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Victoria’s Secret Stores Inc. and its parent company, Limited Brands Inc., are being accused of breaching a 2001 agreement and deliberately selling cheaper “knockoffs” to unsuspecting consumers, in a $15 million lawsuit filed by Zephyrs, a former major hosiery supplier to the specialty chain.

This story first appeared in the August 27, 2012 issue of WWD. Subscribe Today.

Joseph Gioconda, principal of Manhattan-based Gioconda Law Group PLLC, which is representing Zephyrs, said a complaint was unsealed Friday in federal court in Columbus, Ohio, where Victoria’s Secret is headquartered. The complaint alleges that Victoria’s Secret is misleading consumers by selling less expensive legwear while deliberately using images of Zephyrs-designed legwear on packaging and in-store displays.

“Victoria’s Secret changed the product in the packaging but didn’t change anything else except Made in Canada on the back of the package. It used to say Made in Italy,” said Gioconda, noting that Zephyrs has a longtime relationship with Italian contractors for quality control.

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Gioconda said Victoria’s Secret has sold “at least $120 million worth of Zephyrs-designed product throughout all 50 states, through the Victoria’s Secret chain of retail stores, the Victoria’s Secret print catalogue and the popular Victoria’s Secret Web site” since 2001.

“We are planning to proceed and will be serving papers to Victoria’s Secret and The Limited as well as other Victoria’s Secret entities. They will have 21 days to respond,” said Gioconda.

The main points of contention in the complaint include a breach of contract — which includes VS directly contacting Zephyrs’ suppliers; unfair competition, and false advertising in violation of federal and state consumer protection laws, including consumer fraud in California, New Jersey, New York, Connecticut and Ohio. The suit also seeks corrective advertising and a recall of the accused products that are alledgedly rendered in cheaper lace trims, irregular borders, missing heel reinforcements and less durable construction. The products in question include Lace Top Fish Net Stockings, Fish Net Thigh-Highs With Backseam and a Signature Stripe Thigh-High With Bows. Suggested retail prices average from $16 to $18.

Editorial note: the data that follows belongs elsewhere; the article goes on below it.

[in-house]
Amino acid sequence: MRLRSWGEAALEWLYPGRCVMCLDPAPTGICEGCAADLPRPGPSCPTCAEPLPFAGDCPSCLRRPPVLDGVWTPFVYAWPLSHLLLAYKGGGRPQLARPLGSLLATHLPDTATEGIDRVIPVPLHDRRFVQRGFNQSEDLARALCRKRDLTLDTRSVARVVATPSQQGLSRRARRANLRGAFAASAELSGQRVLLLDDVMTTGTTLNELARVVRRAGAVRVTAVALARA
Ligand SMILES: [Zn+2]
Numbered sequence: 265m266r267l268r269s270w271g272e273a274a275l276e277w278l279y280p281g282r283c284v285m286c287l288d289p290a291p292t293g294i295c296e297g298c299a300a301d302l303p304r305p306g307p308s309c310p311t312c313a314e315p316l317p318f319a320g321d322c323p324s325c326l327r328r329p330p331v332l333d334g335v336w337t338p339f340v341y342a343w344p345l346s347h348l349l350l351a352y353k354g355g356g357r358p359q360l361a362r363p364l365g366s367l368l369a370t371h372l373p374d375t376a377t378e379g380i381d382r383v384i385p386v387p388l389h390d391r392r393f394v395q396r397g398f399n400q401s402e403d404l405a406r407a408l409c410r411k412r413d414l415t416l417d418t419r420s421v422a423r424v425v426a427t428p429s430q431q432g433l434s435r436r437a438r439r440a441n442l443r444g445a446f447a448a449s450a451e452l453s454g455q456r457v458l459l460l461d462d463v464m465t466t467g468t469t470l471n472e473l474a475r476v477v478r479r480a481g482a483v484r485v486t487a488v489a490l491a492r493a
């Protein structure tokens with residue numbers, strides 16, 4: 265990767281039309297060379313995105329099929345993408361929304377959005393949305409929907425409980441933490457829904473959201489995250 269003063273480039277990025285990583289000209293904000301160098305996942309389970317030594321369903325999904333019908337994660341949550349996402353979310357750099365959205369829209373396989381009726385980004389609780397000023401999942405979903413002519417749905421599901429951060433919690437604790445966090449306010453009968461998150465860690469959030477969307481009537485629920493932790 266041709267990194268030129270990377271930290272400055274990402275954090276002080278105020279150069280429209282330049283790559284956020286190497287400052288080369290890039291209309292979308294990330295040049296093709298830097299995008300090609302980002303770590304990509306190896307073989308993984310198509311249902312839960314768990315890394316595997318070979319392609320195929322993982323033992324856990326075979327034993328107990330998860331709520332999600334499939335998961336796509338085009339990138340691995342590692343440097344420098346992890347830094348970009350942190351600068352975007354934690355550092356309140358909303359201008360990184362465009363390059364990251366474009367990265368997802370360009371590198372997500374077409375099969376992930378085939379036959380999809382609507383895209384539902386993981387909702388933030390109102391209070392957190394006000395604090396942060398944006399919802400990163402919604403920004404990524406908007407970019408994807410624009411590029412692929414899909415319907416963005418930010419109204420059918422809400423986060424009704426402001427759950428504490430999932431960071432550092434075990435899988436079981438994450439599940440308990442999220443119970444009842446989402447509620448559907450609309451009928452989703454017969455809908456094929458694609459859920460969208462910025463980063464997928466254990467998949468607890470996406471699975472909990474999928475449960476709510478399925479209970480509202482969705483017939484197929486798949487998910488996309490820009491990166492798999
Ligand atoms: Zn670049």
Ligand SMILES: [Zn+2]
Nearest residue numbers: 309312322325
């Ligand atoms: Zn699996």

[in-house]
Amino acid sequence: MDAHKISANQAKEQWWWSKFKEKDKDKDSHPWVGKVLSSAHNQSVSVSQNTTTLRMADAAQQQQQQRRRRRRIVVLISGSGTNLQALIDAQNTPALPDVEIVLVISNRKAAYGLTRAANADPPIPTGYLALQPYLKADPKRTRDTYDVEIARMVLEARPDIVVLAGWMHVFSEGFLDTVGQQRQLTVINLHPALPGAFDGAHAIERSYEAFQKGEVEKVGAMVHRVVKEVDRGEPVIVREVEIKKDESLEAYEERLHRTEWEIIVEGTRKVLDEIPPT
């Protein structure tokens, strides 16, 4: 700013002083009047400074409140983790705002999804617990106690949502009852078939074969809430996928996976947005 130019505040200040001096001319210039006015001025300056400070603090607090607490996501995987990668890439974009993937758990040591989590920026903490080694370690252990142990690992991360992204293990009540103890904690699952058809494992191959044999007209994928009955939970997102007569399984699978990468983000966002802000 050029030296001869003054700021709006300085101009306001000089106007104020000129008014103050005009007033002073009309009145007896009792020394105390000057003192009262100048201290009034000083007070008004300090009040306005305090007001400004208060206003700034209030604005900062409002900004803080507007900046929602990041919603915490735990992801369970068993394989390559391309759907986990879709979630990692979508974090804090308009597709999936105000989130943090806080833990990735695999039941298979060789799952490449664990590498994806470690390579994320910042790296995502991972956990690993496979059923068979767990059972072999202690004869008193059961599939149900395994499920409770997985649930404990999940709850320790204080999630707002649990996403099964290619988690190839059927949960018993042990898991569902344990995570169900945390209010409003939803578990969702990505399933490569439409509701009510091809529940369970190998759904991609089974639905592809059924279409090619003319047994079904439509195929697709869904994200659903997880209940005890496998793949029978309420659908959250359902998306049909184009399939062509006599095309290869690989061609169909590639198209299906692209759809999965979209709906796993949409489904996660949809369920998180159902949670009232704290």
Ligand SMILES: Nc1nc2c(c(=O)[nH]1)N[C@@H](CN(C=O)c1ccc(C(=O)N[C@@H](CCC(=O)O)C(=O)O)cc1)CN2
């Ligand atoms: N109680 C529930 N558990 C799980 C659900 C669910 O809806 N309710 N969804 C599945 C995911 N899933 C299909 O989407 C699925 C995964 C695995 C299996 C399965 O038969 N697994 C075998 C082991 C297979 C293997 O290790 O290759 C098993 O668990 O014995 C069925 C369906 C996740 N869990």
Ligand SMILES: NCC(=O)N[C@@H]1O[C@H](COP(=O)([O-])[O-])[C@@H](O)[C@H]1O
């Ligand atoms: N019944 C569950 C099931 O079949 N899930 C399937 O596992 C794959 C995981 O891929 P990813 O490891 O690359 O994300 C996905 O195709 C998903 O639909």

Officials at Victoria’s Secret could not be reached for comment Friday.

Debra Mackinnon, owner and president of Spring Lake, N.J.-based Zephyrs, said she became aware there was a “problem” when a German lace supplier notified her of a business change in early 2011.

“I contacted them [VS] by e-mail and had a conference call with senior management, but they never called back….When I was in Chicago in March 2012, I went to a Victoria’s Secret store and picked up a package and saw it said Made in Canada. The product inside was drastically different than what [the image] was on the package,” claimed Mackinnon. She added that the merchandise in question was still on VS store shelves last week.

Mackinnon — who noted that the suit was originally filed on Aug. 10 but efforts to discuss a settlement over the following two weeks proved to be fruitless — is currently sitting on more than $100,000 of merchandise for which Victoria’s Secret has not sanctioned for delivery.

She claimed the reason is because she won’t sign a new master sourcing agreement with Victoria’s Secret in which Zephyrs surrenders all of its intellectual property to Victoria’s Secret.

“Over the past year-and-a half, the Victoria’s Secret in-house folks have been pressuring me to sign a new MSA where we would have to hand over all of our intellectual property, designs and patents…including patents on some other designs,” said Mackinnon. She alleged that the new MSA includes a non-compete clause that would keep Zephyrs from selling to third parties including itself — which essentially would put Zephyrs out of business.

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